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Feedback

Discussion in 'Jobseekers' started by Clarys, Apr 13, 2011.

  1. Do you ask for feedback if you're unsuccessful?
    Just a pondering really, I've got into the habit of asking everytime it's clear I've not obtained an interview and to be honest I'm totally fed up. So far this year I've been told my philosophy education isn't clear - although my opening line details it VERY clearly! I've also been told I don't tell the school what I can do for them, erm, I examplify my good points/skills/experiences and explain how I'd use them in the classroom/school.
    The best feedback I've had so far started 'Your application was one of 75, does that say it all?' The person giving the feedback was lovely, but that's all they could hold up as feedback - my letter is strong, my experiences good, but in this case I'm just not experienced enough, where as all other feeedback I'have had the school has employed an NQT.
    I'm at a loss, just ranting here really. So far in the 6/8 weeks since Feb 1/2 term I've applied for 30+ jobs, in my specialism and second subject and guess how many interviews I've had - YEP! NONE! Even by my reckoning those are poor odds, but as Theo has pointed out in another thread there are 100s chasing 10s of jobs. I'm disheartened and don't know what to do, leave teaching? perservere? supply?
    I'm seriously considering rewriting my letter to be a simple 'Dear Headteacher. I am a good teacher, invite me to interview and see me practice my philosophy of education in your classroom. I allow my work to speak for itself which is why I can't articulate it in a letter. Oh and I know I'm MPS6 but that brings experience and skills an NQT just doesn't have. Yours sincerely, Clarys.' Would this approach work or will the HT ring me to laugh at me?
     
  2. Do you ask for feedback if you're unsuccessful?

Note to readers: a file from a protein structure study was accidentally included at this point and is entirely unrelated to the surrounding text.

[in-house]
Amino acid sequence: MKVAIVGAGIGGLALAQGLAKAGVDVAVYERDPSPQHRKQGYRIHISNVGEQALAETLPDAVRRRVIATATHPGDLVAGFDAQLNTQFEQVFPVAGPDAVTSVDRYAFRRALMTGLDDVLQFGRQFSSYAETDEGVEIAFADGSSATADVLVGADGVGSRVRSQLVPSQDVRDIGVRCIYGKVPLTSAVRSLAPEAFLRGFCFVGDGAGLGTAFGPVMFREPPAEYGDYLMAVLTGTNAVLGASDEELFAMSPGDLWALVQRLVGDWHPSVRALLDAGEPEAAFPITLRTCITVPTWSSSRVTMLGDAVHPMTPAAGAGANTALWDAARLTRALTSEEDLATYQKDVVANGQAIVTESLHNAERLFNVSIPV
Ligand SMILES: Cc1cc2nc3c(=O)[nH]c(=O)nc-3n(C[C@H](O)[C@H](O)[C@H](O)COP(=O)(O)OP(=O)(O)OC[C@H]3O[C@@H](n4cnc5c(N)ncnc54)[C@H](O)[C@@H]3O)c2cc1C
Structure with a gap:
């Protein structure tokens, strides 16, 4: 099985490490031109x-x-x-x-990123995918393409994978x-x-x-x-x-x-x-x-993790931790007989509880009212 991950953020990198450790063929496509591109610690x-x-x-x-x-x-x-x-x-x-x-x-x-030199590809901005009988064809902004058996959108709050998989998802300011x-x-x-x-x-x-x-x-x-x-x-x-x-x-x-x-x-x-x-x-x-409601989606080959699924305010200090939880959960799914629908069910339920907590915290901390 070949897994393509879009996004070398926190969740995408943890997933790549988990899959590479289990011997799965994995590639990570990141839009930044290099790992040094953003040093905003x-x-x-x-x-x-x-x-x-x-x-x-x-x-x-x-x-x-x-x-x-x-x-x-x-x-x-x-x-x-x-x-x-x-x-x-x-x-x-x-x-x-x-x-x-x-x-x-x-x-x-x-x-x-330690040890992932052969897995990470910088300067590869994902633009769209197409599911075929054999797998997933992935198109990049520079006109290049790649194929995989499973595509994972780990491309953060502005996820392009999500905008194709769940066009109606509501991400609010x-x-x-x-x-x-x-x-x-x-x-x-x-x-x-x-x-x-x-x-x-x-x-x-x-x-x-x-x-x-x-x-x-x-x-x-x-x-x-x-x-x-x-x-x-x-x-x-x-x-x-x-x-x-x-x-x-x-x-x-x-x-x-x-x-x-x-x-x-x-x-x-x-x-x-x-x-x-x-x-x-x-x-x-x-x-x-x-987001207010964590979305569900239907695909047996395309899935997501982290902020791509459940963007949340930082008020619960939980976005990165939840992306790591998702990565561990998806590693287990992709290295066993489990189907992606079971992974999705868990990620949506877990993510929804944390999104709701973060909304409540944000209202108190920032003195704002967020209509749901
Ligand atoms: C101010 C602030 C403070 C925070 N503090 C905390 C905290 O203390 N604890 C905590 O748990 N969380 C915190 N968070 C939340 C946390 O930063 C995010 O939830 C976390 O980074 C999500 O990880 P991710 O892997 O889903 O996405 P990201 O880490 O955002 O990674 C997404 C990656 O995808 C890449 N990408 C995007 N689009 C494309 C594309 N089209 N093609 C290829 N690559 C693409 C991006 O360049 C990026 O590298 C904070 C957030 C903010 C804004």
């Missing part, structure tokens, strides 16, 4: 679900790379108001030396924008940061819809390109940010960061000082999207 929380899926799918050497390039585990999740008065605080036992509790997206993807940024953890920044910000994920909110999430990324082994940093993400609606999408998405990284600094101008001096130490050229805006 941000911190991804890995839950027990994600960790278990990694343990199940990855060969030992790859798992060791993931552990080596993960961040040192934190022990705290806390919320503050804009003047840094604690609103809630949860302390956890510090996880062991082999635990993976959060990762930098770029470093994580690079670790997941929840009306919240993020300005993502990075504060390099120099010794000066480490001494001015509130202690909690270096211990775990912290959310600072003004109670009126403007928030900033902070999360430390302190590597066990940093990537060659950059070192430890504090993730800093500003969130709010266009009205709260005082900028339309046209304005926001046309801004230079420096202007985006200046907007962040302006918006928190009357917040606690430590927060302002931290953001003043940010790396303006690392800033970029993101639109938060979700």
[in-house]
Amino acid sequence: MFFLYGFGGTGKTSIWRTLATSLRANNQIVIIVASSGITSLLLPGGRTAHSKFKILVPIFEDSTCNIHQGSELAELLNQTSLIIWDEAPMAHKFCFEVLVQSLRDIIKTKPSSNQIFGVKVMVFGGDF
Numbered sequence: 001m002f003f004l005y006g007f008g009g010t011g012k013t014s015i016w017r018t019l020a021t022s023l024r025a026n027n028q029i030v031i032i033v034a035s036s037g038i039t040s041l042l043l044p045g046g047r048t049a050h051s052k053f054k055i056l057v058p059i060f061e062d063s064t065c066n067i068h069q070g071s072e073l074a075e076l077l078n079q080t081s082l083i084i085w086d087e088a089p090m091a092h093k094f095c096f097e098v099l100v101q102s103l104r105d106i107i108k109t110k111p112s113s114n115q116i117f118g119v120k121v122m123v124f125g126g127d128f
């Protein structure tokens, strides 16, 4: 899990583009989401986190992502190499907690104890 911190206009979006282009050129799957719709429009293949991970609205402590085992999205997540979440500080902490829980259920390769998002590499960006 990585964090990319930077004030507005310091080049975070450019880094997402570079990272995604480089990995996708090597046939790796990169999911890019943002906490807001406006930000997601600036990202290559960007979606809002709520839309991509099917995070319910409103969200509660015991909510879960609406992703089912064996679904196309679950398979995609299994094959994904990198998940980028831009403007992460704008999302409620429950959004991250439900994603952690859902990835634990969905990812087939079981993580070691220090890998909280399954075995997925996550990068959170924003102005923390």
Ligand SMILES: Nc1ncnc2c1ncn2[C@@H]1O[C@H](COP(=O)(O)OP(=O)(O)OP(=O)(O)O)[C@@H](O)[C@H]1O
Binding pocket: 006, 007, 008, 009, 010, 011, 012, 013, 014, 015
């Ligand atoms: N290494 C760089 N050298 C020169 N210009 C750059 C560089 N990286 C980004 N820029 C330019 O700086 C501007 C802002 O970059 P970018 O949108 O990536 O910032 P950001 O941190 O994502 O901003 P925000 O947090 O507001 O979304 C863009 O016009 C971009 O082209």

Just a pondering really, I've got into the habit of asking everytime it's clear I've not obtained an interview and to be honest I'm totally fed up. So far this year I've been told my philosophy education isn't clear - although my opening line details it VERY clearly! I've also been told I don't tell the school what I can do for them, erm, I examplify my good points/skills/experiences and explain how I'd use them in the classroom/school.
    The best feedback I've had so far started 'Your application was one of 75, does that say it all?' The person giving the feedback was lovely, but that's all they could hold up as feedback - my letter is strong, my experiences good, but in this case I'm just not experienced enough, where as all other feeedback I'have had the school has employed an NQT.
    I'm at a loss, just ranting here really. So far in the 6/8 weeks since Feb 1/2 term I've applied for 30+ jobs, in my specialism and second subject and guess how many interviews I've had - YEP! NONE! Even by my reckoning those are poor odds, but as Theo has pointed out in another thread there are 100s chasing 10s of jobs. I'm disheartened and don't know what to do, leave teaching? perservere? supply?
    I'm seriously considering rewriting my letter to be a simple 'Dear Headteacher. I am a good teacher, invite me to interview and see me practice my philosophy of education in your classroom. I allow my work to speak for itself which is why I can't articulate it in a letter. Oh and I know I'm MPS6 but that brings experience and skills an NQT just doesn't have. Yours sincerely, Clarys.' Would this approach work or will the HT ring me to laugh at me?
     
  3. I share your pain....
    I have yet to get shortlisted too. My head and deputy head have both helped me with my app letter and so I'm confident I'm on the right lines.